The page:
Re: phoneme recognition and stimulus length (Richard Pastore )

Subject: Re: phoneme recognition and stimulus length
From:    Richard Pastore  <pastore(at)BINGHAMTON.EDU>
Date:    Mon, 19 Mar 2001 12:38:27 -0500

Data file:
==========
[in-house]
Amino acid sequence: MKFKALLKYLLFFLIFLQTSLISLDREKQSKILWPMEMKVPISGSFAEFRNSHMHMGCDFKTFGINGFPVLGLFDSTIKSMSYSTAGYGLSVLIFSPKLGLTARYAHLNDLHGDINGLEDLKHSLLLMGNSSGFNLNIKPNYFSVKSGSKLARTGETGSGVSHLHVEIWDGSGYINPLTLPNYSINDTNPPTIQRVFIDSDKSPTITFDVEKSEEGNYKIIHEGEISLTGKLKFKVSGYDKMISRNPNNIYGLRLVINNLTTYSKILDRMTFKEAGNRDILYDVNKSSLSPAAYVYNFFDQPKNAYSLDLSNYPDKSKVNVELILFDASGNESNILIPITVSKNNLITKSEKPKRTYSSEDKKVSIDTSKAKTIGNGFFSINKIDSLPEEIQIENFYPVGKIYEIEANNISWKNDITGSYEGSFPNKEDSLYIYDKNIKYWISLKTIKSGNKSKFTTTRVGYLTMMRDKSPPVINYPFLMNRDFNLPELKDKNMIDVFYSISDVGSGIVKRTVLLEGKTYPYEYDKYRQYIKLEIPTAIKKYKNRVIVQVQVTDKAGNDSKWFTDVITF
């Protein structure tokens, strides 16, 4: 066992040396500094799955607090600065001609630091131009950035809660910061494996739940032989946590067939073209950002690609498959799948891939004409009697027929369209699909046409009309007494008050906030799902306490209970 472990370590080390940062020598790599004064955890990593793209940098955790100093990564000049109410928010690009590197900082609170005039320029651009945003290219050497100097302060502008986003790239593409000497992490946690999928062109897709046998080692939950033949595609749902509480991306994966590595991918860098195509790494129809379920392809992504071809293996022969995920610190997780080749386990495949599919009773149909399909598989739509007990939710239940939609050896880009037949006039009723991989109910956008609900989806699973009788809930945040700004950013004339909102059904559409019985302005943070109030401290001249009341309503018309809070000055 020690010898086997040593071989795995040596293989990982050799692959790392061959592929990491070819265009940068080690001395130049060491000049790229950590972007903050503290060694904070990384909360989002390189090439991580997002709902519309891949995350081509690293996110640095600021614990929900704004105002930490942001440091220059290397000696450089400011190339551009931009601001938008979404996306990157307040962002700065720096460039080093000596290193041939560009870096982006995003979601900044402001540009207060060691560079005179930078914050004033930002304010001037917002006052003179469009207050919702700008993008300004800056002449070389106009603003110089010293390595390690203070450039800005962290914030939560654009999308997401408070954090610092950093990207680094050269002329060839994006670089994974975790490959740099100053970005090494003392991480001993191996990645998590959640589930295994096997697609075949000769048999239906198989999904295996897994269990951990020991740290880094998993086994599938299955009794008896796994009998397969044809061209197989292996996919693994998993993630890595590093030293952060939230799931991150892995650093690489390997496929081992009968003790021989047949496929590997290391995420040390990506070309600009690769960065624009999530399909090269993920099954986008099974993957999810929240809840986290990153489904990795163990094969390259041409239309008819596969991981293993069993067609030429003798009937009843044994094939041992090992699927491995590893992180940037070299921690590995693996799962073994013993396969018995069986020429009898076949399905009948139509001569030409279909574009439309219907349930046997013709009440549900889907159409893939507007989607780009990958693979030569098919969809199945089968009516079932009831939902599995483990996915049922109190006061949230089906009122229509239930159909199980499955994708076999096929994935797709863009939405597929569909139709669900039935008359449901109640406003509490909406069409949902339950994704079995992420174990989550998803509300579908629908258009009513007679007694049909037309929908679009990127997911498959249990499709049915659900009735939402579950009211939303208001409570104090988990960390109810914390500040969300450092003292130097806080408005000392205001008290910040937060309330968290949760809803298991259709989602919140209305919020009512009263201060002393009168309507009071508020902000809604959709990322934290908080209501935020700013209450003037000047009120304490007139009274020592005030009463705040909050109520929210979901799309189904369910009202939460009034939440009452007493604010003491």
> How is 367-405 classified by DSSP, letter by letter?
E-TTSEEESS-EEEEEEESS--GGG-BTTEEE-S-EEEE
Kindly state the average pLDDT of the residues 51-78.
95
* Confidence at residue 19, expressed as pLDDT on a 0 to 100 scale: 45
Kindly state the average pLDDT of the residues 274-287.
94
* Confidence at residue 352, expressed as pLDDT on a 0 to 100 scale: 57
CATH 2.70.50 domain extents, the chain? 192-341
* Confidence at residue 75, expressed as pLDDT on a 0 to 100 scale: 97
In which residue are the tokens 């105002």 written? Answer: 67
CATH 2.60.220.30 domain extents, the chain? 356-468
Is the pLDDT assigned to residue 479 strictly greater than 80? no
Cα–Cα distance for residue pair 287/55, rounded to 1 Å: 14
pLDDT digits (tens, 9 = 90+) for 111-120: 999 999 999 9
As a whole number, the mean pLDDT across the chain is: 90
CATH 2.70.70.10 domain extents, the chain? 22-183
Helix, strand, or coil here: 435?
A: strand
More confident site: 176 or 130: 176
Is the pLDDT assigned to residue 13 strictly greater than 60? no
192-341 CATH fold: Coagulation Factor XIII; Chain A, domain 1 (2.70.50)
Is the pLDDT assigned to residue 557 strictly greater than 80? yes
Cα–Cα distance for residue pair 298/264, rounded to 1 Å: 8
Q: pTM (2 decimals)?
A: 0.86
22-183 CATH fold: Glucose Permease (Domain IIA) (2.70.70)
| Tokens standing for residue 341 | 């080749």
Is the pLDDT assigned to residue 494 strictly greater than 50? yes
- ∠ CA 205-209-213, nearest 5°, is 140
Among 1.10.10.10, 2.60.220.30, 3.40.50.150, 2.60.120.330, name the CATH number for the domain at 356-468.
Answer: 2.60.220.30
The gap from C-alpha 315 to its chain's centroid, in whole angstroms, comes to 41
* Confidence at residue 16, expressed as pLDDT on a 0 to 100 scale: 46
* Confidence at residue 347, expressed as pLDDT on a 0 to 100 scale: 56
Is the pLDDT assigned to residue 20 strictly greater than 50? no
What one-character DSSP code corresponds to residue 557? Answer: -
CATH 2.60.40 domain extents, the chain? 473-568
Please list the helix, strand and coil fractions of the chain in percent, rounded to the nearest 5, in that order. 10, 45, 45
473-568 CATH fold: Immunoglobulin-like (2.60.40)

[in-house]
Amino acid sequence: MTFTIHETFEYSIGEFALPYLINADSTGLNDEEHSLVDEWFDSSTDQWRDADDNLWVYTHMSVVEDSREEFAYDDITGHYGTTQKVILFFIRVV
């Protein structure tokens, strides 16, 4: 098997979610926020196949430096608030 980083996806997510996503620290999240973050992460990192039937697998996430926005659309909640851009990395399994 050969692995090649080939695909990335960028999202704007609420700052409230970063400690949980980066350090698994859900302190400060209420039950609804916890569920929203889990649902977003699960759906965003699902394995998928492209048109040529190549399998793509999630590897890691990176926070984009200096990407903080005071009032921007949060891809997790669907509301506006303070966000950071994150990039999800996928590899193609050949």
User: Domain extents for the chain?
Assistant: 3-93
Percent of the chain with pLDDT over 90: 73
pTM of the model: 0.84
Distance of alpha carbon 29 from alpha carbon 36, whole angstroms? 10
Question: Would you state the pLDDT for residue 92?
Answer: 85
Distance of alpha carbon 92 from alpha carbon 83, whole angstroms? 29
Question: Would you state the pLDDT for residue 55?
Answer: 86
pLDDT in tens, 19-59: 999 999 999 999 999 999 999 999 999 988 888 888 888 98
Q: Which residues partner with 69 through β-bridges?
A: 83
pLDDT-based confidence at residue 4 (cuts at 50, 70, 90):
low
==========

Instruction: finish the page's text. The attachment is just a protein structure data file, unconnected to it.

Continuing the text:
Laszlo In papers of the 1970s, Dom Massaro (in several papers) and Dave Sparks both showed interference (drop in percent correct) in pitch identification of tones just above a threshold difference apart by a delayed following tone of intermediate frequency. Performance improved to an asymptotic level (but not to unmasked level) a with an ISI of 250 to 250 ms. Others [Barry Leshowitz & Ed Cudahy, (several papers in 1970s), and a paper by Chuck Watson & Bill Wroton (1980s)] measured delta-F threshold as a function of masker delay. At most, best, threshold performance was elevated out to approximately 110 ms. I am not sure that backward recognition masking is necessarily all that relevant to what is being discussed. Target tone duration is relevant to backward recognition masking. Don Ronken (early 70s) found a type of backward recognition masking when examining the frequency DL for brief tones - a trailing tone interfered with performance, but a preceding tone, if anything, improved performance. Finally, remember that the spectral bandwidth of stimulus is an inverse function of duration, and the perception of brief segments of tones are heard as clicks, tone pips, and finally as tones when duration is increased. If dealing with brief stimuli, Roy Patterson's work on minimum duration for different types of recognition is also definitely relevant. However, the questions being discussed seem to be about syllable-length stimuli, and thus time parameters that are longer than those in the literature I have tried to summarize. Dick Pastore At 05:39 PM 3/19/01 +0100, you wrote: >On Mon, 19 Mar 2001, Jont Allen wrote: > > > I dont know if this is what you are getting at, but have you looked at the > > paper by Sadaoki Furui "On the role of spectral transitions for speech > perception." > > JASA, Oct. 1986, page 1016+ > > >It partly answers my questions, as they used truncated syllables as >stimuli. But I would be more interested in the other direction: >is there any additional gain in recognition performace if we use stimuli >LONGER than a syllable? >What made me wonder about this is the "backwards recognition masking" >experiments of Massaro (unfortunately, I don't have the original papers, >only a half-page review in a Ph.D. thesis by Brian Kingsbury). Their >results say that masking has no effect if the target is longer than a >syllable or if there is at least a syllable-long silent interval between >the target and the masker. I would >need a reinforcement of these results, but possibly from the opposite >direction (i.e. not how recognition deteriorates from backwards masking >but how recognition improves from "forward helping" - so to say). > > Laszlo Toth > Hungarian Academy of Sciences * > Research Group on Artificial Intelligence * "Failure only begins > e-mail: tothl(at) * when you stop trying" > * -------------------------------------------------------------------------------- Richard E. Pastore Professor of Psychology and Linguistics Binghamton University (SUNY University Center) Binghamton, NY 13902-6000

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